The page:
You also need to be sure that you're really ready to delegate downward. If you aren't quite ready to take that step, your questions will probably take the form of leading questions that have an assumed right answer. Your employees may see your questioning as a waste of their time and perhaps a threatening exercise, and they'll continue chasing you down the halls for your opinion about everything from new business development to which brand of printer paper to order.

Next, diagnose where you stand when it comes to your own questioning style. The next time an employee comes to you with a question or problem, count the number of questions you ask them and the number of opinions you voice.

Note the style of questions you tend to ask. Are they challenging questions ("Have you even thought about this particular solution?"), your opinion disguised as questions ("Don't you think that this approach is best?"), or truly clarifying questions ("What have you considered so far?")?

Your goal is to ask just the clarifying questions and forget about the rest. They're unproductive and will only create stress for your employees.

With this baseline, you can start applying this skill. But wait! One more thing.

Because any change in your behavior can be confusing or frightening to your staff, it's important to sit down with them and explain what you're doing and why. If they simply see a change in you that they don't understand, they may view it as a negative experience or something to resist.

After all that set-up, the next step will sound anticlimactic. It's incredibly simple, but does require focus and commitment.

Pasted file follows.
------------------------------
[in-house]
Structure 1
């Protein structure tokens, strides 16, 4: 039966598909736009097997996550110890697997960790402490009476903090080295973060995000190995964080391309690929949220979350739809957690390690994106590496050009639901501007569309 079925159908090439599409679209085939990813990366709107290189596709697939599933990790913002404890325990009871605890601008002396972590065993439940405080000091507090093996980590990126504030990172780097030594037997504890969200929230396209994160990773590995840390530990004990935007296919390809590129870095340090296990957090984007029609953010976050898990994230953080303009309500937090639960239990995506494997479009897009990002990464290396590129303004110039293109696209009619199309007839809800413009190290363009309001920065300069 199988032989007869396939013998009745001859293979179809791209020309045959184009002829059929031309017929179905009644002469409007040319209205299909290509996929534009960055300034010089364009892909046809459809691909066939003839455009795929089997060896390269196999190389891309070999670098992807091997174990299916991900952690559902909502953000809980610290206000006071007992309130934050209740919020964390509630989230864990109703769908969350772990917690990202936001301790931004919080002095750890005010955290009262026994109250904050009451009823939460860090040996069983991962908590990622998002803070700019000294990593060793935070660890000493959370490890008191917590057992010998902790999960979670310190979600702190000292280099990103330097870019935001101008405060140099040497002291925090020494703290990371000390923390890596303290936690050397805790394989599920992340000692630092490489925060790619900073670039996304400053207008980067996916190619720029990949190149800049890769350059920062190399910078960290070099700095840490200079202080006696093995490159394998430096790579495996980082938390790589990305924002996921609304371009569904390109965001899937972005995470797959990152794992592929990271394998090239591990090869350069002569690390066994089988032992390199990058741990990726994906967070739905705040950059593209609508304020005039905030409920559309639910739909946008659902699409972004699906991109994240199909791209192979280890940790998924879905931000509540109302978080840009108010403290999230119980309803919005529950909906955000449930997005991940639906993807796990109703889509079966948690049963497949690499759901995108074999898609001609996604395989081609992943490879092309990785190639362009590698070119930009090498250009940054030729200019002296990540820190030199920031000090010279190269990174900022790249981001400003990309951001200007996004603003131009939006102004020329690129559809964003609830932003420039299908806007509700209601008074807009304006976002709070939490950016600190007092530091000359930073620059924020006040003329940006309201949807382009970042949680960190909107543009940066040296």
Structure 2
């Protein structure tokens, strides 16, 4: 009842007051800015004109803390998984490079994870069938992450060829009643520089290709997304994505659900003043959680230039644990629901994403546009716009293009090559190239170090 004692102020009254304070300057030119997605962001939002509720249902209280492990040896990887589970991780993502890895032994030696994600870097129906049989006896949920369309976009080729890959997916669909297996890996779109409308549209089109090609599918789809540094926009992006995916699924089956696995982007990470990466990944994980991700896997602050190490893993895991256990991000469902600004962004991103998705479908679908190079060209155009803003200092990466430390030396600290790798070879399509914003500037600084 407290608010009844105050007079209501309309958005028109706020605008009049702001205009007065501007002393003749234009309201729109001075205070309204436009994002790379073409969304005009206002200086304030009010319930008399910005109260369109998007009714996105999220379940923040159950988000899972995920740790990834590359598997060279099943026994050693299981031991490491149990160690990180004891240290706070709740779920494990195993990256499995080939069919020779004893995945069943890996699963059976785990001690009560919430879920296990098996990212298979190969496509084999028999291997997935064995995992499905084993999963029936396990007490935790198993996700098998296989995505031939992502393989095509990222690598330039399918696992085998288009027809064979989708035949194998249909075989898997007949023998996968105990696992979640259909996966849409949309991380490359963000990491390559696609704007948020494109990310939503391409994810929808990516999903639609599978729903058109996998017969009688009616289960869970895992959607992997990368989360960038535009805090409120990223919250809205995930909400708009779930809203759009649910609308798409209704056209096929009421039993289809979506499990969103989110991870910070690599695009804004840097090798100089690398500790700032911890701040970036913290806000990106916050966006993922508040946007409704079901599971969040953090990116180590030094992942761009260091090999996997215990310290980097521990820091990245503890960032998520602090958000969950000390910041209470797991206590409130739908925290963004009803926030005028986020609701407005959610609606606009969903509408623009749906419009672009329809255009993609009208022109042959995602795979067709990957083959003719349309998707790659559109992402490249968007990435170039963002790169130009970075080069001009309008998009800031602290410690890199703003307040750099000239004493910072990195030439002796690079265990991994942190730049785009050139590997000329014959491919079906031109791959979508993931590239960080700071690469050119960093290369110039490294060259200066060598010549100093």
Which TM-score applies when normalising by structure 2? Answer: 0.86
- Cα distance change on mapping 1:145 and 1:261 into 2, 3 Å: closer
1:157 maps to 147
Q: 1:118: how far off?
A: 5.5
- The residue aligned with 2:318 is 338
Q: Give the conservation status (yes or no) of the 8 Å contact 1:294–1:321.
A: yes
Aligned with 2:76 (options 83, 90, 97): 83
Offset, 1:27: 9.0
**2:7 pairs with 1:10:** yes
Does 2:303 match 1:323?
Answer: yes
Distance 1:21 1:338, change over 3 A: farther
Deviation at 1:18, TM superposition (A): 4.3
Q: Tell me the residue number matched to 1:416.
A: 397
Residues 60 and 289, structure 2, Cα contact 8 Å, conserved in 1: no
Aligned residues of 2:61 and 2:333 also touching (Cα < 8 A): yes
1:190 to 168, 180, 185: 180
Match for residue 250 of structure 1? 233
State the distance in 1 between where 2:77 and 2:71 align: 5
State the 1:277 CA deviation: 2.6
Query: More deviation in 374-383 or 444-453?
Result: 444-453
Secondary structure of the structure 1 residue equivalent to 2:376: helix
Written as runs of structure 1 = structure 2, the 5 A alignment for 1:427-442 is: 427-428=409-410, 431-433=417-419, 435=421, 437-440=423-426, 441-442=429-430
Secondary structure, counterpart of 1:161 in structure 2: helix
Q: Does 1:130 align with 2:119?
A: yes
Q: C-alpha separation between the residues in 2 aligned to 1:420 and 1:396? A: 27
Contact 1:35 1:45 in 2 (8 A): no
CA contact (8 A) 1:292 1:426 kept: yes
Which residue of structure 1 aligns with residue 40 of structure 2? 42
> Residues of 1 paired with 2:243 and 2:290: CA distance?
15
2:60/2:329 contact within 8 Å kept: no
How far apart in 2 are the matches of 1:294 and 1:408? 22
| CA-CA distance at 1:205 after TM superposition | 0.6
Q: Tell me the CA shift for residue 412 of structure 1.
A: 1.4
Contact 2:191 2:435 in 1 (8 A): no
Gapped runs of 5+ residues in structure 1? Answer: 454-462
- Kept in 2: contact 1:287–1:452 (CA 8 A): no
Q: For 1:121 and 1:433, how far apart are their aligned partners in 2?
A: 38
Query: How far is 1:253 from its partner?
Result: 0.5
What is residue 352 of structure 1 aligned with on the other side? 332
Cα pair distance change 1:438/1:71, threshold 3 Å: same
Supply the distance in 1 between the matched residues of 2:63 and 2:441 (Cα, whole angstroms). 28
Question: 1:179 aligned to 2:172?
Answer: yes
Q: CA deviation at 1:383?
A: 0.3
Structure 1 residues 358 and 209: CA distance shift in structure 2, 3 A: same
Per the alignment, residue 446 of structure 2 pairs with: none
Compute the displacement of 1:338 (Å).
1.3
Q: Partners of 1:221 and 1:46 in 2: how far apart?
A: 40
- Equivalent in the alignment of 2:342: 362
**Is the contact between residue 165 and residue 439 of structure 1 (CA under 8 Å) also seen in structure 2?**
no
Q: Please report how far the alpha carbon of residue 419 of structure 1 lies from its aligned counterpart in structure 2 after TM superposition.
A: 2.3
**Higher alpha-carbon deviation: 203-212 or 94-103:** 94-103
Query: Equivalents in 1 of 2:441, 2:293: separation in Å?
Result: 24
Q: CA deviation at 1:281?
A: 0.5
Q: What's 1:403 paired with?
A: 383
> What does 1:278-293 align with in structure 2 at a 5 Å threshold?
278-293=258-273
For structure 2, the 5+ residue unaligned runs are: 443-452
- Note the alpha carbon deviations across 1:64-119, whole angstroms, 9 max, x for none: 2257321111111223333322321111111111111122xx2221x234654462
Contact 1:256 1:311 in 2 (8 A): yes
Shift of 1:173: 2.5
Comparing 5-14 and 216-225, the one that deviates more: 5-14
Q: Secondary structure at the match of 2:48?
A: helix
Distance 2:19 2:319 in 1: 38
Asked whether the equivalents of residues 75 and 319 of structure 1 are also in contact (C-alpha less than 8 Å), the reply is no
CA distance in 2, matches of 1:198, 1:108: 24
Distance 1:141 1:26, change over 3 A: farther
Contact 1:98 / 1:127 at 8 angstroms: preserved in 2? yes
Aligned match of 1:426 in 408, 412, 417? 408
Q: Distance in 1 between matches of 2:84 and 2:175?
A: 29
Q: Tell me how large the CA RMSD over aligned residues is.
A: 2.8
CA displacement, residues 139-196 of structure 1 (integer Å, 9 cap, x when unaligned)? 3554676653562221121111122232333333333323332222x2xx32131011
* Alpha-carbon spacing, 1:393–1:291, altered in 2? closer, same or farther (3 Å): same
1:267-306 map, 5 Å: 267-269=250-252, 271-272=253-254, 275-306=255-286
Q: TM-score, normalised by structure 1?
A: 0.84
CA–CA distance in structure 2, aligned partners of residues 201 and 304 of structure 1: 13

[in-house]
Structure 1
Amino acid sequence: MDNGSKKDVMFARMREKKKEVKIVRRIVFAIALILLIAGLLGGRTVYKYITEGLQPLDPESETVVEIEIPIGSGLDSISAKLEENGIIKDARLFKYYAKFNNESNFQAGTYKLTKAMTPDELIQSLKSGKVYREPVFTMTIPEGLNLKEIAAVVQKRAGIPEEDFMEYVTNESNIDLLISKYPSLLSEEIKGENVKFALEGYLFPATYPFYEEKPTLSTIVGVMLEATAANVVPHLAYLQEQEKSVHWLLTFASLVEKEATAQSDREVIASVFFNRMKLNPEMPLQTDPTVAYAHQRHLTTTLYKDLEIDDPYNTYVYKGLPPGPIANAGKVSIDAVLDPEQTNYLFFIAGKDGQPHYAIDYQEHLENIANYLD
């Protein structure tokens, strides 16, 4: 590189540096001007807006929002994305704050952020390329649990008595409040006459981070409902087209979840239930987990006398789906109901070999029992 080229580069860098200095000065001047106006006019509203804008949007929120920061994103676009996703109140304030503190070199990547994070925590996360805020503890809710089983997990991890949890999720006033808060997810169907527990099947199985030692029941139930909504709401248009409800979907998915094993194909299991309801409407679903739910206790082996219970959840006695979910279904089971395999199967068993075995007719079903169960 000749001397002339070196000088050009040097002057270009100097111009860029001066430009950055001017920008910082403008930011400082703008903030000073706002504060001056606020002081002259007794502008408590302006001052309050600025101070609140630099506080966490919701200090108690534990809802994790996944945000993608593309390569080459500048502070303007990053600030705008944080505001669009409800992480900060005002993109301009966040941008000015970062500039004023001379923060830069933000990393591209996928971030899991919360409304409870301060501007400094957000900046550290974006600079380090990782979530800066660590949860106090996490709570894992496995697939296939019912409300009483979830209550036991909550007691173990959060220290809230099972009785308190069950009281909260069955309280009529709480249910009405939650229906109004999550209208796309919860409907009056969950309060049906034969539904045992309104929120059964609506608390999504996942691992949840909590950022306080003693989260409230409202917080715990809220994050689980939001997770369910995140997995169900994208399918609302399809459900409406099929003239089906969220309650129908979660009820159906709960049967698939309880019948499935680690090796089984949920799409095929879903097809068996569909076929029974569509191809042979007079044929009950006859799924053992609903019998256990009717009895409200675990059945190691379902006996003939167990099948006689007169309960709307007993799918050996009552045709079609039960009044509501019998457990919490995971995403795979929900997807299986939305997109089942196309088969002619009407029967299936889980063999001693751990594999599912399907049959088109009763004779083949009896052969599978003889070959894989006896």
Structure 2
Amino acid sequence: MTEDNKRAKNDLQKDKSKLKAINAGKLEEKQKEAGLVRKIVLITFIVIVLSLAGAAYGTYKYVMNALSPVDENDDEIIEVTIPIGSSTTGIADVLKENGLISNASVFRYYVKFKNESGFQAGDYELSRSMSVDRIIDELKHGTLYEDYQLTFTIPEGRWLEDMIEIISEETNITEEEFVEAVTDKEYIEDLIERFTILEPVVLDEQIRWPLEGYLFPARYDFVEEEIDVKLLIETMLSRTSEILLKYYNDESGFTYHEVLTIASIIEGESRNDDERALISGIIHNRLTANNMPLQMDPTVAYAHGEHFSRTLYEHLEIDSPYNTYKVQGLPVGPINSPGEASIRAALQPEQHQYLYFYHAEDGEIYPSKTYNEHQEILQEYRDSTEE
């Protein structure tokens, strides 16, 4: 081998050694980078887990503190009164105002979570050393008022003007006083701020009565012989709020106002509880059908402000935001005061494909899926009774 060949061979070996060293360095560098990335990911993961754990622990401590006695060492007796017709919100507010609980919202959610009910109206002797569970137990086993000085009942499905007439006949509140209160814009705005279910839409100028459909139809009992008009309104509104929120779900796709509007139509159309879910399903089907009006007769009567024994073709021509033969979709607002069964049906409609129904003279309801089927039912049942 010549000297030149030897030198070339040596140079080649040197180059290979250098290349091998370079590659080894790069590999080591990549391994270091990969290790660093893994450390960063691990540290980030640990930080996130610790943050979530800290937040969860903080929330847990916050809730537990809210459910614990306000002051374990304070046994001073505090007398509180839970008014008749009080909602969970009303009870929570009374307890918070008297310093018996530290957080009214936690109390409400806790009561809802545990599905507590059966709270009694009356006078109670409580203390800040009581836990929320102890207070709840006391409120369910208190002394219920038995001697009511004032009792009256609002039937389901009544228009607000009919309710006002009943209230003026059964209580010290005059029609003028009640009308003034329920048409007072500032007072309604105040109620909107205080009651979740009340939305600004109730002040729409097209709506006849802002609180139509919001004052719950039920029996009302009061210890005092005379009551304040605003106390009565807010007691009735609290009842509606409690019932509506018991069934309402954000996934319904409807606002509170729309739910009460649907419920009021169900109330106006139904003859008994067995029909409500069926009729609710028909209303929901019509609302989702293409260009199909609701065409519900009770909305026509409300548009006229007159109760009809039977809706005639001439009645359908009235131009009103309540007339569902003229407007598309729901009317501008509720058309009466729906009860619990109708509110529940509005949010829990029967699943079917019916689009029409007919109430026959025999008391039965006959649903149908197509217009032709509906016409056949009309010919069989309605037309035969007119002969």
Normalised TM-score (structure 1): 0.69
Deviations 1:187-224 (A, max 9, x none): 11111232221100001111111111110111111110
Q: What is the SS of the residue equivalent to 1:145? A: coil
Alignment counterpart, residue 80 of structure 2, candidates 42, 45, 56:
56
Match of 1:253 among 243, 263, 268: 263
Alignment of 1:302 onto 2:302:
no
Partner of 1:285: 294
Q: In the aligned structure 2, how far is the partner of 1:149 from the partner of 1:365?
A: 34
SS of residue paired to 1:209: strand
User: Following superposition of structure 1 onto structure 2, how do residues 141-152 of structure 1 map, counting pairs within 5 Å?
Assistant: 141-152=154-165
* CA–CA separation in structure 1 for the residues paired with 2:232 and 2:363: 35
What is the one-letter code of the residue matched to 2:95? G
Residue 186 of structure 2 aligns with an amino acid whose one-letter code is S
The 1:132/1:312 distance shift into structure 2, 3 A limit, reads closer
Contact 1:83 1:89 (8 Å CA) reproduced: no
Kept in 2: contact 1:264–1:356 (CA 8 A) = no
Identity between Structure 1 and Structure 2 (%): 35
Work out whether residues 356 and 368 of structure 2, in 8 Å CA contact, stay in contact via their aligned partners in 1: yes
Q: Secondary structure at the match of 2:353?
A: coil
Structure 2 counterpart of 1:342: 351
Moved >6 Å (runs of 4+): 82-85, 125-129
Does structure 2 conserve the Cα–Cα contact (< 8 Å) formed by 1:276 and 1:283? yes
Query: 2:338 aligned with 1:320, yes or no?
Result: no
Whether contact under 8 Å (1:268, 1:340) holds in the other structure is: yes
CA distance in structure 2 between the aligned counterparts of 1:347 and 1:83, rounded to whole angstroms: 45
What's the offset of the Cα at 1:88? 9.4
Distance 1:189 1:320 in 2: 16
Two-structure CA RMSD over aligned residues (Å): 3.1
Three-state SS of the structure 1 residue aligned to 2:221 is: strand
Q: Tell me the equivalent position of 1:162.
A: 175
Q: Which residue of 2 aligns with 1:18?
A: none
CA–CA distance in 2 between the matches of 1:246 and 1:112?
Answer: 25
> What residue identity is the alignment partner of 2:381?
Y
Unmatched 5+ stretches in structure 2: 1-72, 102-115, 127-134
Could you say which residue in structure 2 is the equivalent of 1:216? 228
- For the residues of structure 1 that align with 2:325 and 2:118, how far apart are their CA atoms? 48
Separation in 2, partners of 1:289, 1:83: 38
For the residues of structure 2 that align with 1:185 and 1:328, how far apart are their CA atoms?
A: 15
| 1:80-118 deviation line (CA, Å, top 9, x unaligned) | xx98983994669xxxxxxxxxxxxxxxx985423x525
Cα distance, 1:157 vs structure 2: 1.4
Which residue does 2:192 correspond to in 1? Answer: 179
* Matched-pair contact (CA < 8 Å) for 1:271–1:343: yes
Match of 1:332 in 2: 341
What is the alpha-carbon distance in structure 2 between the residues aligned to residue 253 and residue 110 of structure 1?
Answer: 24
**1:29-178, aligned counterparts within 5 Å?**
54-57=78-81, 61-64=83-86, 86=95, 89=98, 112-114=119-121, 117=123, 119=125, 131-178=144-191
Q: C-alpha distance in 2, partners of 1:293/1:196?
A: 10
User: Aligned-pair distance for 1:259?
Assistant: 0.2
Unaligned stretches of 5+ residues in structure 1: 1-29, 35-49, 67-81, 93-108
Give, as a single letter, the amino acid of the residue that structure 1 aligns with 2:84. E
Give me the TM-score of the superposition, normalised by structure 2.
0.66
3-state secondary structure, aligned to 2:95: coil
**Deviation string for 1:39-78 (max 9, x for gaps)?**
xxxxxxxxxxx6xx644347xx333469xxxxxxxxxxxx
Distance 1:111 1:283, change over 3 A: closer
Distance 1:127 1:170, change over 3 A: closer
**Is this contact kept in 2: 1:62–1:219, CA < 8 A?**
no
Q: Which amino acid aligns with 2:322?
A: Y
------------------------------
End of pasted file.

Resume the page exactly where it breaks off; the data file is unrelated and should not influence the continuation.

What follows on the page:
Each time an employee asks you a question that is a request to problem-solve or take on unwelcome responsibility, ask at least three questions before venturing an opinion. That's it. Just ask three productive questions to find out what information the employee has already gathered and if he knows enough to make a recommendation. If he can, reinforce the behavior with a positive response and encourage him to go ahead and make the decision on his own.

If he can't, suggest that he collect the information he'll need, and then come back to you when he feels he can make a recommendation.

In the back of your mind, you'll want to remember that change is going to take a little time — it won't happen overnight — but the pay-off will be there in the end. After just a few rounds of this, your employees should begin to work through problems on their own, only bringing you problems that really do need your attention, along with recommendations for a solution.

A culture will begin to develop where individuals are expected to actively take responsibility, seek solutions, and take action. You'll gain the freedom to lead and to focus on strategy and development.